DeAndre Washington did not disappoint when given the opportunity in 2016, flashing his all-terrain skillset. Though only 5-8, he’s compact with a 31.0 (71st percentile) BMI running through stacked fronts exceptionally well, posting a 6.3 (No. 2) stacked front yards per carry. The big play ability shined through as well, with an 8.1-percent (No.5) Breakaway Run Rate.
A slick receiver out of the backfield, he racked up over 100 receptions at Texas Tech, a 9.7-percent (68th percentile) College Target Share. Washington looks to be active out of the backfield as the satellite back for the Raiders, as they plan to manage Lynch throughout the season. He looks to be a Zero RB lottery ticket if Lynch went down with an injury.
Not to be outdone, Jalen Richard had a higher Production Premium (+23) than Washington (+5.1). Referring back to the chart above, he nearly matched Washington in Breakaway Runs, posting 1 less, starting with his first NFL carry.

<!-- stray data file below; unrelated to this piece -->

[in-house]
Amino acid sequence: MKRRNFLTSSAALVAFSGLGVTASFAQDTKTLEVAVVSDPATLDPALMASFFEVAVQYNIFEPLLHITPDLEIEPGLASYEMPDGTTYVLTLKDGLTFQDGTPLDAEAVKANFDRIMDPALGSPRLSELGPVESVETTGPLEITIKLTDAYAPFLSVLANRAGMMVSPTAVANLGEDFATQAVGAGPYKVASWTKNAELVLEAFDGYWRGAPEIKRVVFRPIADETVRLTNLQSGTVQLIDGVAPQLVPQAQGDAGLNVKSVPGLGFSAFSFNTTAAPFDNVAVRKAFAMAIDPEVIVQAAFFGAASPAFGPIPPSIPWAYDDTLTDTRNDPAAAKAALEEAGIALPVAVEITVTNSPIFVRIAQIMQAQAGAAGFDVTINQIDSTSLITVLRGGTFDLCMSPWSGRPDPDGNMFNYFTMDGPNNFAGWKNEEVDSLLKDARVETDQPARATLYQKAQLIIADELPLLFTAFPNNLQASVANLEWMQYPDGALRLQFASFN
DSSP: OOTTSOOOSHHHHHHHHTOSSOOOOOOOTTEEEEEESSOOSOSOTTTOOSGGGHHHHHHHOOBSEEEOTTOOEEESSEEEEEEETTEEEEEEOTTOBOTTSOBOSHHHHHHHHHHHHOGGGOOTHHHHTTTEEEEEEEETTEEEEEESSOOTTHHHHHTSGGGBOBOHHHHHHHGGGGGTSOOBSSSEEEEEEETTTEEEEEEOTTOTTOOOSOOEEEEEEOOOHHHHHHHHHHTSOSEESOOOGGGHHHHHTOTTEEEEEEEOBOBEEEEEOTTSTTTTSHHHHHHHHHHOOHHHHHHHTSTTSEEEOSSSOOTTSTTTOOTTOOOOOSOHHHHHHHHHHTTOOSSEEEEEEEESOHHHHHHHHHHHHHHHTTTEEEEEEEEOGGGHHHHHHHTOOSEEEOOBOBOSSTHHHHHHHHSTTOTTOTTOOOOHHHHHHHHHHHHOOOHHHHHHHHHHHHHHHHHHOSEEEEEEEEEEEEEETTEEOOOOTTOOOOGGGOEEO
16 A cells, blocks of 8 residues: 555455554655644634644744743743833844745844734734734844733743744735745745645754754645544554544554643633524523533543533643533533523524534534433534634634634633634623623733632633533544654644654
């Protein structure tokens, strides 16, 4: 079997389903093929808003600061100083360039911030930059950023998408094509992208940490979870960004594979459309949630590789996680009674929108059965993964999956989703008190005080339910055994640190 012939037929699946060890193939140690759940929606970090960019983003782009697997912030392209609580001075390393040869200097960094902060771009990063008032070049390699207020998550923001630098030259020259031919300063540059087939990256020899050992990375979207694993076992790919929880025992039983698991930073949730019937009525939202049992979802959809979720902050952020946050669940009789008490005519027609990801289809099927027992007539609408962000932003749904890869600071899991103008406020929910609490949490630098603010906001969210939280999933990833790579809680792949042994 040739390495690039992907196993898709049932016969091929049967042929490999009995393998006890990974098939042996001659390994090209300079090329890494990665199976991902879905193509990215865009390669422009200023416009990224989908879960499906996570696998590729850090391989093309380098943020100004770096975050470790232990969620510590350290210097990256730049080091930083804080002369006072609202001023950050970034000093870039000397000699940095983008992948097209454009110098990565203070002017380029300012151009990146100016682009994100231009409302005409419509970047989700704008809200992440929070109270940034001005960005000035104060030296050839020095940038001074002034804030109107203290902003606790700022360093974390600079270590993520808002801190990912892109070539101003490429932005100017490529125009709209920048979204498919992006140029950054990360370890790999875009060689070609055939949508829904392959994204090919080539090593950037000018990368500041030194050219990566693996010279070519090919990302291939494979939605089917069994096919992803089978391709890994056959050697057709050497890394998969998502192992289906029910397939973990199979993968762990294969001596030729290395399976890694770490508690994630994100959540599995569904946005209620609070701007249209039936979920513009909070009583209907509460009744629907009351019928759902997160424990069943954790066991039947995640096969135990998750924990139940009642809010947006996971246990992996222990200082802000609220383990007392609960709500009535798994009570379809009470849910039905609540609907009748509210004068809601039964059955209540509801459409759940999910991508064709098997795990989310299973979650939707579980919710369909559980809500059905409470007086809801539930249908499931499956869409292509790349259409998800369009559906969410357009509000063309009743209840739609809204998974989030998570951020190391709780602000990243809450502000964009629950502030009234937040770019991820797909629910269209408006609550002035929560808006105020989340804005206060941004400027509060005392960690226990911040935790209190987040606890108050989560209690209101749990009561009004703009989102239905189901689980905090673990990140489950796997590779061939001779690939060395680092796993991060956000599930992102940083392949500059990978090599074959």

Jalen Richard himself was successful against stacked (No. 3), base (No. 3), and light (No 9) fronts. Richard is capable in the receiving game as well, posting an 18.4-percent (95th percentile) college target share while at Southern Mississippi. Comparing athletic profiles, he is doesn’t appear to be the player Washington is, but he was as productive and would offer flex appeal if in a committee with Washington.
The Raiders drafted Elijah Hood in the seventh round, he has the profile of a straight line, early down grinder with his subpar 110.1 Burst Score (10th percentile), 11.77 Agility Score (11th percentile). A late round pick in dynasty leagues, Hood looks like there would need multiple injuries in the backfield to receive significant playing time in 2017.
154 receptions, 2,232 yards,11 touchdowns, all before his 23rd birthday. Amari Cooper is an absolute Phenom at the wide receiver position. What more does Cooper have to do to prove himself to fantasy owners that he is one of the most precocious young stars in the game?
Some will say score more touchdowns. Seemingly the one (slight) weakness in his game has been his red zone production. Although his red zone targets did go up from 8 to 13, his Red Zone Catch Rate dipped from 50 percent to 38.5 percent. That part of his game is still maturing, the Raiders need to redistribute the share of red zone targets in his direction. We know touchdowns aren’t always easy to predict , but if start to swing his way he could have be on his way to a special 2017 season.
Check out Amari Cooper on the Updated PlayerProfiler Seasonal & Dynasty Rankings: